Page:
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How Does Snoring Impact Your Oral Health?

Snoring

Nearly all of us have snored at one time in our lives. Some of us snore every once in a while— like when you are overly congested from allergies—but others snore every night, on cue. In fact, more than 90 million of us are snoring as soon as our heads hit the pillow.

There are a whole host of reasons why you might be snoring. For example, if you’re snoring every once in a while, a stuffy nose or too much caffeine may be to blame. On the other hand, regular snoring might mean that you have a narrow airway, large tonsils, or chronic nasal issues.

Snoring here and there tends to be fairly manageable on its own, becoming more of a slight disturbance. But snoring each and every night can take its toll on your mental and physical health, causing you to wake up feeling groggy and tired (even after a full night of sleep). Did you know that snoring has a direct impact on your oral health, too? Keep reading to find out how snoring can affect the health of your teeth and gums—and what to do about it.

What Happens to Your Mouth When You Snore?

Snoring is caused by a series of events: first, your airway becomes either partially or totally blocked. Once that happens, your mouth opens a little wider to bring in more oxygen. As a combined result of the blockage and a wider mouth, your tissue, nasal cavity, or tongue begins rattling and creating that tell-tale sound of snoring.

Getting a little more oxygen while you sleep sounds like a good thing, but that’s not always the case. As your mouth is opening wider to get more oxygen, your salivary glands are working harder to keep saliva production up. The influx of dry air coming through your mouth makes this almost impossible, and your salivary glands stop producing saliva altogether. This is where your oral health gets put in jeopardy.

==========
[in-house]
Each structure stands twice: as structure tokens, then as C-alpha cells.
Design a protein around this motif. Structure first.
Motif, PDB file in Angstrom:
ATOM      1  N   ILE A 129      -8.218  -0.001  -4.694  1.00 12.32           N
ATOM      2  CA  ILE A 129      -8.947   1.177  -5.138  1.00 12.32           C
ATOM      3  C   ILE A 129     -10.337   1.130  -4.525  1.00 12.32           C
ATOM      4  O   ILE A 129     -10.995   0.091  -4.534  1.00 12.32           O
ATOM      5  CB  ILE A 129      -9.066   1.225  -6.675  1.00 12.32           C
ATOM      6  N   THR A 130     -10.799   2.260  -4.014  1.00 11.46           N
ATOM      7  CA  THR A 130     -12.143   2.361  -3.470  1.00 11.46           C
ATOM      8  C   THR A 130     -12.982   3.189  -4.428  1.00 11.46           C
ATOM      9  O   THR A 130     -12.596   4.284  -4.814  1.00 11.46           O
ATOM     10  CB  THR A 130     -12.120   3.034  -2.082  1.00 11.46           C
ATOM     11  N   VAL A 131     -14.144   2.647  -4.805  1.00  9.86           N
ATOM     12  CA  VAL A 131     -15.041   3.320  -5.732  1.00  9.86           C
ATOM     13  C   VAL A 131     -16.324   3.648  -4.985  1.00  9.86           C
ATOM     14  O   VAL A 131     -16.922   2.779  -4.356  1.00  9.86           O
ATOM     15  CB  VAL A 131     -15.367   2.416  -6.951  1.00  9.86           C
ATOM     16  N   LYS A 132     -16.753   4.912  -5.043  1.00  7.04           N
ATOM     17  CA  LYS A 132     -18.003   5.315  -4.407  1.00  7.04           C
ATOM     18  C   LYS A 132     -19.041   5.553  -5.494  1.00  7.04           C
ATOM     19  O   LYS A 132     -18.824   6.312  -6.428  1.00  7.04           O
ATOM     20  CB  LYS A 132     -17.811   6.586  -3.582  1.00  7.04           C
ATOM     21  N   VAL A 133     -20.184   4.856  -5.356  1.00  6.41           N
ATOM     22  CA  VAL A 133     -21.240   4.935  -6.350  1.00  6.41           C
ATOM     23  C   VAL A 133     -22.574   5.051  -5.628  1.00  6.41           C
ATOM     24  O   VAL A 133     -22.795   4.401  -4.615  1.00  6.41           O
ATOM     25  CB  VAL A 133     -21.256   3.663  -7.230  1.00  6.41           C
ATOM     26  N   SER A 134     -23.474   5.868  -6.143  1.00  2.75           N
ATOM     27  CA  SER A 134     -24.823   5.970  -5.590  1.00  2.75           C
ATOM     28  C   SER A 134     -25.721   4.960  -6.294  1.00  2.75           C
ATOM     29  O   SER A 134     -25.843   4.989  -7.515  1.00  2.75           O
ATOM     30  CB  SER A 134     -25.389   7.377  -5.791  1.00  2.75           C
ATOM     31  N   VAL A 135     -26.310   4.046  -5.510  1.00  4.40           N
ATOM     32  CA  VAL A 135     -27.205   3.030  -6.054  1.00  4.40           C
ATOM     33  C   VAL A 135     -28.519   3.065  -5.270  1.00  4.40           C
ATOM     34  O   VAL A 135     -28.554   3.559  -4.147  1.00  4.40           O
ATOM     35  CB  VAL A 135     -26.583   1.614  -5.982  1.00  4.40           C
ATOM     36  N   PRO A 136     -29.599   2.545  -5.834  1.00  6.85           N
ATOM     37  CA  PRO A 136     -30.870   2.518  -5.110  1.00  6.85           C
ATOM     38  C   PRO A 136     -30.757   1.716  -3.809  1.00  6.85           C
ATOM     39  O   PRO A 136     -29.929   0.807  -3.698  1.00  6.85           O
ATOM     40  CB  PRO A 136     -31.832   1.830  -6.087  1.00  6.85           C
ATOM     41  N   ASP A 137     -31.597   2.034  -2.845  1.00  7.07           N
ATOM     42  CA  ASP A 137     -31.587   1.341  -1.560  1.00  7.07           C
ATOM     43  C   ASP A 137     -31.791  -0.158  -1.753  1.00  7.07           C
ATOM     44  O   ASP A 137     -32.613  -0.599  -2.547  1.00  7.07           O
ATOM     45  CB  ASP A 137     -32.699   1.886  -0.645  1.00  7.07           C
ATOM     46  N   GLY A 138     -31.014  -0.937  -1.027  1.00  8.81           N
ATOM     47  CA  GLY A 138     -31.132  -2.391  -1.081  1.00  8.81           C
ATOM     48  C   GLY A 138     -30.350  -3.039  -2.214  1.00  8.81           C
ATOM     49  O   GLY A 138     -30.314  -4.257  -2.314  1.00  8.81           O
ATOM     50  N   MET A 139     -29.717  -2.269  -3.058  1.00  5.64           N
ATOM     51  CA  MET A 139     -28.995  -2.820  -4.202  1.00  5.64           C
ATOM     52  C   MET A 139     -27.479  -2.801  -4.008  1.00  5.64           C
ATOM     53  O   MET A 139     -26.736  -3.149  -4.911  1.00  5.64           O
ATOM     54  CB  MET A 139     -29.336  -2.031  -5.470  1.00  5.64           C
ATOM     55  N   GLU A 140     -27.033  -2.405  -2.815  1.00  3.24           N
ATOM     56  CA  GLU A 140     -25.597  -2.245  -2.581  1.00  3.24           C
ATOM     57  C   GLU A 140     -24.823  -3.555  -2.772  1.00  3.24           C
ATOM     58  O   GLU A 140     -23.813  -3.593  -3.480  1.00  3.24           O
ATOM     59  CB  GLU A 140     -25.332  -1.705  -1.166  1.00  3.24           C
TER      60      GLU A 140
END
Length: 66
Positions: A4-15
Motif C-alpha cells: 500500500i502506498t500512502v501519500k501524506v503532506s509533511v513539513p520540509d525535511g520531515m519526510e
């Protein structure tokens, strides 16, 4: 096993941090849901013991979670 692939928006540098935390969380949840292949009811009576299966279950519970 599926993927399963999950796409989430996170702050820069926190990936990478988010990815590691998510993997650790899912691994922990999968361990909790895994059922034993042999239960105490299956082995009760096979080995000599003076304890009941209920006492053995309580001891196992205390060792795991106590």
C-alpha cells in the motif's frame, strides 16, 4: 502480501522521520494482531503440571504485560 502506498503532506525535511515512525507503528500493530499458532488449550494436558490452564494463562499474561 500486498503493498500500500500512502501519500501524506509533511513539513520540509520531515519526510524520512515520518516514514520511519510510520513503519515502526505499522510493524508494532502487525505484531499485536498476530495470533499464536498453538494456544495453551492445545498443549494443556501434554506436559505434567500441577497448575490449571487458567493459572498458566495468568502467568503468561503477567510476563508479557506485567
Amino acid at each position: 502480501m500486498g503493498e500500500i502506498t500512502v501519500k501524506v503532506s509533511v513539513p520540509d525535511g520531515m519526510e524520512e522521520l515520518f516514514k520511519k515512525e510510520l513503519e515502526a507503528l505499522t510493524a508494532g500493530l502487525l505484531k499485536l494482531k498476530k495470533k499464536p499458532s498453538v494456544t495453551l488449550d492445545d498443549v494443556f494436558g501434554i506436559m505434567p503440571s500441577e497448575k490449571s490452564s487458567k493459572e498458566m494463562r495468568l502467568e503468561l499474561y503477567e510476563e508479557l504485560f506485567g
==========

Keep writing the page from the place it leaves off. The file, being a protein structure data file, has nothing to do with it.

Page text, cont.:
We all need saliva in order to wash away harmful bacteria and nourish our gums. Dry mouth (called xerostomia) is the culprit behind a host of oral health complications, such as bad breath, infection, gum disease, cavities, tooth decay, and even tooth loss. Without the benefit of regular saliva production, your mouth is much more susceptible to disease and damage.

How to Stop Snoring

First, take a look at your lifestyle to see if you can make any helpful changes. If you are a smoker, try cutting back (or, ideally, quitting entirely). Changing your sleeping position may also help alleviate snoring, as can decreasing alcohol consumption or limiting your intake of sugary foods and caffeine. If you are overweight, shedding a few pounds may be all that you need to leave snoring behind for good.

While making lifestyle changes could make a difference, the path to a snore-free night isn’t always clear. The best thing for you to do is to consult with a doctor to help diagnose the root cause of your snoring and determine whether the cause is physiological. If your tonsils are too large, you may want to consider getting them removed. You could even be suffering from sleep apnea, requiring you to wear a mask in order to breathe properly while you sleep.

If you or your partner is routinely snoring, keeping up with oral hygiene is crucial. Along with drinking water to replace saliva loss, your best oral hygiene routine will include daily brushing, flossing, and regular dental checkups. Even if you can’t stop snoring entirely, you can help manage its effects by ensuring that your mouth is as healthy as possible, day and night!

Worried that your snoring is impacting your oral health? Contact Caputo Dental in Naperville today to schedule a consultation!

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